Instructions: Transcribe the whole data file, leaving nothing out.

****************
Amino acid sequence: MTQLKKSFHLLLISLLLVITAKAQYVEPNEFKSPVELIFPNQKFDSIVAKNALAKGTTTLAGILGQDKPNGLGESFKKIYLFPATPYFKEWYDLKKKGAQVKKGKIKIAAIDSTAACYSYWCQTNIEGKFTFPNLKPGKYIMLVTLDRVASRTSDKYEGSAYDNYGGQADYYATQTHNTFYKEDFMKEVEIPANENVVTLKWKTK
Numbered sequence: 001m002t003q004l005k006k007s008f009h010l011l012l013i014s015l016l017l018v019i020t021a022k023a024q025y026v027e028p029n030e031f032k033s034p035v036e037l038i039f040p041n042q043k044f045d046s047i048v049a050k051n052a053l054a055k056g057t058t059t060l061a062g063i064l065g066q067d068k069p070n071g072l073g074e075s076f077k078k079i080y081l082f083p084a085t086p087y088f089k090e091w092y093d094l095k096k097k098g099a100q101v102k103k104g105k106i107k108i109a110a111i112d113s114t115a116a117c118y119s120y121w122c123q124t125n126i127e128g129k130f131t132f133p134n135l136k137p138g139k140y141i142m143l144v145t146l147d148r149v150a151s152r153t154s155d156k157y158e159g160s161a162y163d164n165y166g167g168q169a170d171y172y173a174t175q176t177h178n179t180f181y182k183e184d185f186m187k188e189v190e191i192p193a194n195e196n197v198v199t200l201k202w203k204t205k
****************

Amino acid sequence: MTQLKKSFHLLLISLLLVITAKAQYVEPNEFKSPVELIFPNQKFDSIVAKNALAKGTTTLAGILGQDKPNGLGESFKKIYLFPATPYFKEWYDLKKKGAQVKKGKIKIAAIDSTAACYSYWCQTNIEGKFTFPNLKPGKYIMLVTLDRVASRTSDKYEGSAYDNYGGQADYYATQTHNTFYKEDFMKEVEIPANENVVTLKWKTK
Numbered sequence: 001m002t003q004l005k006k007s008f009h010l011l012l013i014s015l016l017l018v019i020t021a022k023a024q025y026v027e028p029n030e031f032k033s034p035v036e037l038i039f040p041n042q043k044f045d046s047i048v049a050k051n052a053l054a055k056g057t058t059t060l061a062g063i064l065g066q067d068k069p070n071g072l073g074e075s076f077k078k079i080y081l082f083p084a085t086p087y088f089k090e091w092y093d094l095k096k097k098g099a100q101v102k103k104g105k106i107k108i109a110a111i112d113s114t115a116a117c118y119s120y121w122c123q124t125n126i127e128g129k130f131t132f133p134n135l136k137p138g139k140y141i142m143l144v145t146l147d148r149v150a151s152r153t154s155d156k157y158e159g160s161a162y163d164n165y166g167g168q169a170d171y172y173a174t175q176t177h178n179t180f181y182k183e184d185f186m187k188e189v190e191i192p193a194n195e196n197v198v199t200l201k202w203k204t205k